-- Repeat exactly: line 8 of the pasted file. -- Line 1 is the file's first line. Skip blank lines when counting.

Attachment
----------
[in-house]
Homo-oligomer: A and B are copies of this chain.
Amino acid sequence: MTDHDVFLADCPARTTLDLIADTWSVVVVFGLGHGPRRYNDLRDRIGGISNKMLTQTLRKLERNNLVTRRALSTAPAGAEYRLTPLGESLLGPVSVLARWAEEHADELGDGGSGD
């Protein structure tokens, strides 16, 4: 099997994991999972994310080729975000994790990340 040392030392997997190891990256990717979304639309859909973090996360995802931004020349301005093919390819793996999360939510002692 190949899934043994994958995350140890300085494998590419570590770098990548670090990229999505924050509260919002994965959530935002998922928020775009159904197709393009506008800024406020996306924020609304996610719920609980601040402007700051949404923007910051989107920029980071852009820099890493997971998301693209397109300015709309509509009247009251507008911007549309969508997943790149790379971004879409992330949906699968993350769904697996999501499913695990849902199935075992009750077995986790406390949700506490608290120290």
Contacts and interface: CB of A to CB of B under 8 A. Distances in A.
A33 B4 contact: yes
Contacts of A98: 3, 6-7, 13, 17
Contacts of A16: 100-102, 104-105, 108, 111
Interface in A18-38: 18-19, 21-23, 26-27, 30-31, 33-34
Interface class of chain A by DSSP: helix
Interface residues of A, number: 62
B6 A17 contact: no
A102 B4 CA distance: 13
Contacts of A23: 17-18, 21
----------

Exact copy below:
Contacts of A16: 100-102, 104-105, 108, 111